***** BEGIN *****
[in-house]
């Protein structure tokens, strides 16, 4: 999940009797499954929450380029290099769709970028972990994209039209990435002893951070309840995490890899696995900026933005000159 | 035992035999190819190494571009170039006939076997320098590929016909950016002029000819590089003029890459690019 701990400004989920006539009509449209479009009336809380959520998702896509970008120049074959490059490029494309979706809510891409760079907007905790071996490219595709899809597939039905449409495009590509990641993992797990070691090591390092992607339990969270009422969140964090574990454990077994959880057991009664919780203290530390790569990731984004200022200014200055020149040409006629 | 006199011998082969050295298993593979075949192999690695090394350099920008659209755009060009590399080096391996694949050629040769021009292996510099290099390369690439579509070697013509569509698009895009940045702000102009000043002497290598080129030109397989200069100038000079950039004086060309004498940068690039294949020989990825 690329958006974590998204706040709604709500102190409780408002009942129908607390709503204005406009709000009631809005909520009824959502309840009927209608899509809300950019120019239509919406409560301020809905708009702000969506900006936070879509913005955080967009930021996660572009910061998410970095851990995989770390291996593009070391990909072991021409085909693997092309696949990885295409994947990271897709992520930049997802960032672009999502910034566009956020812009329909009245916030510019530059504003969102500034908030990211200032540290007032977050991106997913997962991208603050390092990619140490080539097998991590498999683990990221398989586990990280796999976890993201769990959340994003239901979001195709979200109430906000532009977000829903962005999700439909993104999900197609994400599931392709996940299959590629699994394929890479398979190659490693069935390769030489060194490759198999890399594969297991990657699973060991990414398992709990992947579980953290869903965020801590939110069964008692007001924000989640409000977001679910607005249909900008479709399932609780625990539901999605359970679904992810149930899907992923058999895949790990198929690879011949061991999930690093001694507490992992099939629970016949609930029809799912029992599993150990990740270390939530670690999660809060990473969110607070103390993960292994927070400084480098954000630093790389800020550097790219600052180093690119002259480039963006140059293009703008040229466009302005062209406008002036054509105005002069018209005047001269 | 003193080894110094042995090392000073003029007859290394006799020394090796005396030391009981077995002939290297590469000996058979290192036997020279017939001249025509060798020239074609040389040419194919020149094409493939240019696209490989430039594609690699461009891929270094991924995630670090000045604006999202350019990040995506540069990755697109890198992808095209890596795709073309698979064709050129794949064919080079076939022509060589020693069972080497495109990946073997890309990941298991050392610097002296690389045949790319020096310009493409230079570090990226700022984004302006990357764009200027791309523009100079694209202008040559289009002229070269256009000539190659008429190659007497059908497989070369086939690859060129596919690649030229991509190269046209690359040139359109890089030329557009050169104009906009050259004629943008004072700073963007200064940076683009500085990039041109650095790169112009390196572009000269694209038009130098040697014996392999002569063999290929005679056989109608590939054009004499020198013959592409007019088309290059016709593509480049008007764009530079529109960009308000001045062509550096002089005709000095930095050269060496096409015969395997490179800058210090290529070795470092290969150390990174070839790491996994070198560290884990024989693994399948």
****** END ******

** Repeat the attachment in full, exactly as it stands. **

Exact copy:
[in-house]
């Protein structure tokens, strides 16, 4: 999940009797499954929450380029290099769709970028972990994209039209990435002893951070309840995490890899696995900026933005000159 | 035992035999190819190494571009170039006939076997320098590929016909950016002029000819590089003029890459690019 701990400004989920006539009509449209479009009336809380959520998702896509970008120049074959490059490029494309979706809510891409760079907007905790071996490219595709899809597939039905449409495009590509990641993992797990070691090591390092992607339990969270009422969140964090574990454990077994959880057991009664919780203290530390790569990731984004200022200014200055020149040409006629 | 006199011998082969050295298993593979075949192999690695090394350099920008659209755009060009590399080096391996694949050629040769021009292996510099290099390369690439579509070697013509569509698009895009940045702000102009000043002497290598080129030109397989200069100038000079950039004086060309004498940068690039294949020989990825 690329958006974590998204706040709604709500102190409780408002009942129908607390709503204005406009709000009631809005909520009824959502309840009927209608899509809300950019120019239509919406409560301020809905708009702000969506900006936070879509913005955080967009930021996660572009910061998410970095851990995989770390291996593009070391990909072991021409085909693997092309696949990885295409994947990271897709992520930049997802960032672009999502910034566009956020812009329909009245916030510019530059504003969102500034908030990211200032540290007032977050991106997913997962991208603050390092990619140490080539097998991590498999683990990221398989586990990280796999976890993201769990959340994003239901979001195709979200109430906000532009977000829903962005999700439909993104999900197609994400599931392709996940299959590629699994394929890479398979190659490693069935390769030489060194490759198999890399594969297991990657699973060991990414398992709990992947579980953290869903965020801590939110069964008692007001924000989640409000977001679910607005249909900008479709399932609780625990539901999605359970679904992810149930899907992923058999895949790990198929690879011949061991999930690093001694507490992992099939629970016949609930029809799912029992599993150990990740270390939530670690999660809060990473969110607070103390993960292994927070400084480098954000630093790389800020550097790219600052180093690119002259480039963006140059293009703008040229466009302005062209406008002036054509105005002069018209005047001269 | 003193080894110094042995090392000073003029007859290394006799020394090796005396030391009981077995002939290297590469000996058979290192036997020279017939001249025509060798020239074609040389040419194919020149094409493939240019696209490989430039594609690699461009891929270094991924995630670090000045604006999202350019990040995506540069990755697109890198992808095209890596795709073309698979064709050129794949064919080079076939022509060589020693069972080497495109990946073997890309990941298991050392610097002296690389045949790319020096310009493409230079570090990226700022984004302006990357764009200027791309523009100079694209202008040559289009002229070269256009000539190659008429190659007497059908497989070369086939690859060129596919690649030229991509190269046209690359040139359109890089030329557009050169104009906009050259004629943008004072700073963007200064940076683009500085990039041109650095790169112009390196572009000269694209038009130098040697014996392999002569063999290929005679056989109608590939054009004499020198013959592409007019088309290059016709593509480049008007764009530079529109960009308000001045062509550096002089005709000095930095050269060496096409015969395997490179800058210090290529070795470092290969150390990174070839790491996994070198560290884990024989693994399948």